That day three different men made my life a living hell. I felt so angry and bitter that all the work I had done to recover from his betrayal wasn’t enough; I was reduced to feeling so much general hatred, and self-pity, and betrayal all over again. I did what I never wanted to do again, I was back to lumping all men into the same category of philanderer’s, power and control freaks, and misogynists. I have worked so hard to change the narrative in my head about men, but back that sick song came full volume.    

I have lost faith. I couldn’t even pray that night because I felt that God and the Universe had abandoned me. I failed to see how this financial and emotional torture was in my best interest, which was all I could really say instead of my normal prayers to keep my heart open, watch over the people I love, which normally includes my ex, and let me bring light to others. I have no light to give, no inspiration to offer, no love in me.  

Sometime very late that night it occurred to me that I had entered the “dark night of the soul” for those who know the hero’s journey. I have no compassion or love in me. I have no kindness or strength. What I have is everything I have worked so hard to inoculate myself against: bitterness, anger, loathing, fear, distrust, and feeling forsaken, powerless, used and unworthy. I feel like I have moved backwards two years to the weeks after he left me.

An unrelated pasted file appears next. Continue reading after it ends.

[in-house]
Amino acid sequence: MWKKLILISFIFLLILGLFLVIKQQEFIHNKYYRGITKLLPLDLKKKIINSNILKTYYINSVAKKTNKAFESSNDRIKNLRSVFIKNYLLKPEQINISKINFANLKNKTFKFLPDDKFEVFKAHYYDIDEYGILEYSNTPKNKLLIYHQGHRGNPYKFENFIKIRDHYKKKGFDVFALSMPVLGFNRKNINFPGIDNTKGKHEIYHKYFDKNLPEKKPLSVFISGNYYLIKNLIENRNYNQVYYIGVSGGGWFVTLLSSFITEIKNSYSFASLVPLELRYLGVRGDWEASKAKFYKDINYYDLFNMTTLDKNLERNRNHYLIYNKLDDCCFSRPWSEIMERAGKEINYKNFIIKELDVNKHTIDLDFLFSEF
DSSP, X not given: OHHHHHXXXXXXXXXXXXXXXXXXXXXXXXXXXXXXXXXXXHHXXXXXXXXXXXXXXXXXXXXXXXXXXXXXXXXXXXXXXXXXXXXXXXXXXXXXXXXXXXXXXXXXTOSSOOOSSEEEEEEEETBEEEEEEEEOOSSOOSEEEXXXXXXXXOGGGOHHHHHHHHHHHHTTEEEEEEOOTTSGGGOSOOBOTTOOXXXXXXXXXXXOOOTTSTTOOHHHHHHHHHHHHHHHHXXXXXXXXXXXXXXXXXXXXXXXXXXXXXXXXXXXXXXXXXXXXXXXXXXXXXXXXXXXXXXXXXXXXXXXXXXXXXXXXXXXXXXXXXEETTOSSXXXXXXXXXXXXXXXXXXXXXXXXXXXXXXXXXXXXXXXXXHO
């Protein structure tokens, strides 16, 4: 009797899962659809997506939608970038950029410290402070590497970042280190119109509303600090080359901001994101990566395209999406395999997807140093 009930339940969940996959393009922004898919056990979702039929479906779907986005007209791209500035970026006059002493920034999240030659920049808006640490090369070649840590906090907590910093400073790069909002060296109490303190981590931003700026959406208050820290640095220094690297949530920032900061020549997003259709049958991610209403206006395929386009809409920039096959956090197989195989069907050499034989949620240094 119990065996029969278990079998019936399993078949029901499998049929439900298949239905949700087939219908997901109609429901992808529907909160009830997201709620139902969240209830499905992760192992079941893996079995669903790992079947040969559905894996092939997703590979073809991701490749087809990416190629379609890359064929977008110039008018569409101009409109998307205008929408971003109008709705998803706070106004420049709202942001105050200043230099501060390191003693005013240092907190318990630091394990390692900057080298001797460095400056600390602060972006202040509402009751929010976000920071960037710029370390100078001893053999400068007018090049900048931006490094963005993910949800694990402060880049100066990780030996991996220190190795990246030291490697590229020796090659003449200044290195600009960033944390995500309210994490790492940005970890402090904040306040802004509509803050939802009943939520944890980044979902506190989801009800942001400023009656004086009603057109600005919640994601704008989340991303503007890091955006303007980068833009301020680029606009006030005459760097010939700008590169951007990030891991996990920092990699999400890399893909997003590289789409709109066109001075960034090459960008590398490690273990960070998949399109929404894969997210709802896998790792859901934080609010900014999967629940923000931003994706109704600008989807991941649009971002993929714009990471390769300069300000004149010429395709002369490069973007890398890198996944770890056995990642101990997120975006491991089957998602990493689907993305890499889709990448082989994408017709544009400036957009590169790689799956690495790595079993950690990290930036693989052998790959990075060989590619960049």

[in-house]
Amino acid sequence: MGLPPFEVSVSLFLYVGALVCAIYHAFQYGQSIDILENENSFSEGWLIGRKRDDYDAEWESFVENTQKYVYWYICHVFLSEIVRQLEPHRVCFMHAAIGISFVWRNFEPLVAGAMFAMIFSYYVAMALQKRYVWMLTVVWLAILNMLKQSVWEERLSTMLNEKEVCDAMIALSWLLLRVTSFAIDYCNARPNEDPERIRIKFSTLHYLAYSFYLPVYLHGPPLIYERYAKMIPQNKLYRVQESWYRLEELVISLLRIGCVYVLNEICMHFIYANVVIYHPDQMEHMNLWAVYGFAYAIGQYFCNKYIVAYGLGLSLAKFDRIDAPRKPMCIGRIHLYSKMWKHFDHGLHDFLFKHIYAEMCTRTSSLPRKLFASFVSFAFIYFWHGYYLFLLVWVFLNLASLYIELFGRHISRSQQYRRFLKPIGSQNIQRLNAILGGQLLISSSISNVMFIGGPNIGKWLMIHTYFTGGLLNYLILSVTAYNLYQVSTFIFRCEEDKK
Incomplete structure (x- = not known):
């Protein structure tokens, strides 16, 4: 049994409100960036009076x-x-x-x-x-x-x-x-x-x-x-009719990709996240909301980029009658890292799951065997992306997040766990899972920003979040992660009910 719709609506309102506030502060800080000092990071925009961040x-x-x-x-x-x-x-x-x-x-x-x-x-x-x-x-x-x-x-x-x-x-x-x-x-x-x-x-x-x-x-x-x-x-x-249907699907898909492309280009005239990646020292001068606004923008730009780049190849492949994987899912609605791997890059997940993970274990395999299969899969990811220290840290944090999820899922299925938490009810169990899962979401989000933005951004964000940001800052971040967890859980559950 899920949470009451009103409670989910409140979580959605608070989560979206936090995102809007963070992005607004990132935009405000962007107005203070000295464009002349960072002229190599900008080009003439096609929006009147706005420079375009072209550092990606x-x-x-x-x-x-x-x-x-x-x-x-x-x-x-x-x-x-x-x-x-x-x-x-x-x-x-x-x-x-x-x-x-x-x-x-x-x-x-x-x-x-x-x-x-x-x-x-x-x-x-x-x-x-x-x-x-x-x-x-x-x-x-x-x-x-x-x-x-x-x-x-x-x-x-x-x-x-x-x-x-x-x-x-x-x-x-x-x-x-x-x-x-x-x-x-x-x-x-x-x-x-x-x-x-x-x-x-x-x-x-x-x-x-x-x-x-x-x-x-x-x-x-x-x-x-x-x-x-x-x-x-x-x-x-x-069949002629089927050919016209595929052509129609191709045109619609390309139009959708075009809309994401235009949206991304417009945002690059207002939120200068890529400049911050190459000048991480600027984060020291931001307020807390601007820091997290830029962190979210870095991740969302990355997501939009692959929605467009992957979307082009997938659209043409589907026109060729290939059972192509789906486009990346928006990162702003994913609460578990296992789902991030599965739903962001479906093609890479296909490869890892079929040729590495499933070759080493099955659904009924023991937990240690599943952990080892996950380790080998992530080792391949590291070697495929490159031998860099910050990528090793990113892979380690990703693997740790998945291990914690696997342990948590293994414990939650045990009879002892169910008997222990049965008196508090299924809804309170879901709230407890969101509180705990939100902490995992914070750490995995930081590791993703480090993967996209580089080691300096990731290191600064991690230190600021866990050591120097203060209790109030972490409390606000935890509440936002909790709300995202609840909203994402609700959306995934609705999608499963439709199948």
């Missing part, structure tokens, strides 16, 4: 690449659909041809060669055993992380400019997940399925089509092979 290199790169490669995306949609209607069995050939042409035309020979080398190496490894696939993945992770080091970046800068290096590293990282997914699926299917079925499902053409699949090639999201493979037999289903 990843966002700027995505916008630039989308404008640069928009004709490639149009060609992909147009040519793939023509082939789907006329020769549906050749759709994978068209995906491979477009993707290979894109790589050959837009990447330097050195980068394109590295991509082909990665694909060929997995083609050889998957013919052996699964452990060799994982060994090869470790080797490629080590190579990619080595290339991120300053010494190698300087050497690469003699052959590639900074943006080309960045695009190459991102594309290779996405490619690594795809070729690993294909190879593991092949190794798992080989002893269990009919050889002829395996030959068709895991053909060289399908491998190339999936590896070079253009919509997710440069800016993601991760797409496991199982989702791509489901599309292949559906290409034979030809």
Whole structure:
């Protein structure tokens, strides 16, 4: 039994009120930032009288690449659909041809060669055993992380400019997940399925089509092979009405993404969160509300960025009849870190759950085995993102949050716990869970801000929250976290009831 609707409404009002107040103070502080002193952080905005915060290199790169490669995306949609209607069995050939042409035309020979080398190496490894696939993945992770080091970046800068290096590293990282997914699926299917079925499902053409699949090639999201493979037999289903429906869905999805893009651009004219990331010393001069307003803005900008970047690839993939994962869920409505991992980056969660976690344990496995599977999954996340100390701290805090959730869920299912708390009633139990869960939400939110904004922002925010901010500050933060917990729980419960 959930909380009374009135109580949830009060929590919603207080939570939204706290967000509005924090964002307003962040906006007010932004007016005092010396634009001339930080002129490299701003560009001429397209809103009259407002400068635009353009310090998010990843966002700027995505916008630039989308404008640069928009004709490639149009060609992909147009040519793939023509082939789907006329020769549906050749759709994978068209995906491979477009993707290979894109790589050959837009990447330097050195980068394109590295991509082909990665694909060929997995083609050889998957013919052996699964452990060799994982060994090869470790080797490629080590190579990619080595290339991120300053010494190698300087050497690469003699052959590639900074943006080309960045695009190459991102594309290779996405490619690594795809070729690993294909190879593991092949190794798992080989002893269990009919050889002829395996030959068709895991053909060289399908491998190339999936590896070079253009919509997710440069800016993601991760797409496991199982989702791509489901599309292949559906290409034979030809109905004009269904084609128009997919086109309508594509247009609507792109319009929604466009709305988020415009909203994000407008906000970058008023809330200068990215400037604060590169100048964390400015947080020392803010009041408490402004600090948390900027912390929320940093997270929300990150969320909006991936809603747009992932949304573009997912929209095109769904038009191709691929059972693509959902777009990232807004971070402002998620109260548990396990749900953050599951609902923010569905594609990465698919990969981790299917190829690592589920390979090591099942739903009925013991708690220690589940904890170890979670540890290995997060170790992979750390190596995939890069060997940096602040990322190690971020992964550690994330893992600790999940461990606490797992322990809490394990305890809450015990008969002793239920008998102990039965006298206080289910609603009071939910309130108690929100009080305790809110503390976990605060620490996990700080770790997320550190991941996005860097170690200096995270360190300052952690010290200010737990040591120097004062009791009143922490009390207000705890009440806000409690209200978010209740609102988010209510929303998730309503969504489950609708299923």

How did three hours in a court setting dealing with lawyers, hearing the Judge basically validate his bad behaviour while telling me mine was going to be on display during a trial, and having to face my ex for the first time in almost two years destroy all the work I have done since the separation? Why did that experience single-handedly unglue me and set me back into such a dark place that I was deleting people off Facebook, swearing I would never marry again, and not even able to muster the strength to fake a belief in love when talking to my son?

As I tried to distract myself with social media that night, everyone was posting #‎LoveWins in reaction to the Supreme Court decision. And that just fuelled the anger and pity and rage in me. Love doesn’t win, love isn’t enough, and all the love I have been working so hard to muster, promote, praise and hang onto in the last year has forsaken me. There is no love that I have ever known in my life that has won. 

I also saw a few postings that said the moral arc of the Universe bends to justice. I am familiar with this concept. For me, yesterday, there was no justice. For many of us, of both sexes, who are going through child custody battles, an ugly divorce, who have lost a family member to violence and hatred, who live in an American town gripped by racial tension and police oppression, or who live in a terrorist or war torn country, it seems God has forsaken us and there will be no justice. Perhaps that is what the LGBTQ community has thought and felt all these years.